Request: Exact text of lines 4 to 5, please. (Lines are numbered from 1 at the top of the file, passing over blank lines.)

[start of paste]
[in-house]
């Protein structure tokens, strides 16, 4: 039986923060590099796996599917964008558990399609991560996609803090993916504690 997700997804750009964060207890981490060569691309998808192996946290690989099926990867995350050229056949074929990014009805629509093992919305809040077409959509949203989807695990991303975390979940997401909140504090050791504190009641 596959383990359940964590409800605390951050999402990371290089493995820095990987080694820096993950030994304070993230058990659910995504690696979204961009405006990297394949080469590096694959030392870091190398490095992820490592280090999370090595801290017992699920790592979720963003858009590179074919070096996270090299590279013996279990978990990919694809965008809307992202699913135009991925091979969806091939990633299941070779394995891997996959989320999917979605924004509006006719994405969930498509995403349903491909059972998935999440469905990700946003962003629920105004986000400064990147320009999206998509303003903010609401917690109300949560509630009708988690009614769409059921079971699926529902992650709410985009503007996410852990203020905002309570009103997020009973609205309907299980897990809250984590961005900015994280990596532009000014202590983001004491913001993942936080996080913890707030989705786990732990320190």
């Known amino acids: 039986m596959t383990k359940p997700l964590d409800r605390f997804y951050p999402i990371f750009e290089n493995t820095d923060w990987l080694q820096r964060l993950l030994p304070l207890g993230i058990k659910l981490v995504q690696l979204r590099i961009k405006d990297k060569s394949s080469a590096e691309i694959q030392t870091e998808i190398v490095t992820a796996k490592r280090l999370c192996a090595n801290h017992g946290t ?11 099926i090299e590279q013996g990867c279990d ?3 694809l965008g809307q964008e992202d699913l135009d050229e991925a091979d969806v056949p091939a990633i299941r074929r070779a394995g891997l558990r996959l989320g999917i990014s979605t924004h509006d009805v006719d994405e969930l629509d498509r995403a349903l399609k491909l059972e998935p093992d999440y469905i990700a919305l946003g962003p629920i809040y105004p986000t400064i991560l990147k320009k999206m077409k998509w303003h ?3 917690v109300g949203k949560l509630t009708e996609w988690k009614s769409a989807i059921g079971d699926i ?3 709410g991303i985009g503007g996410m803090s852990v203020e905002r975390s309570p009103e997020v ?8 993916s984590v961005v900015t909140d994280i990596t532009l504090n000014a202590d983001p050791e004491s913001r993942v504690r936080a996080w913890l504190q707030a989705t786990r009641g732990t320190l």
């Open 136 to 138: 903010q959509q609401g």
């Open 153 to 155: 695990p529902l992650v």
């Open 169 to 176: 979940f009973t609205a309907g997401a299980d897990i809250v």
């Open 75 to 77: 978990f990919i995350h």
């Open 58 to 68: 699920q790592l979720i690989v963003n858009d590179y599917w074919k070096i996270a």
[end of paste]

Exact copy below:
């Open 136 to 138: 903010q959509q609401g």
């Open 153 to 155: 695990p529902l992650v």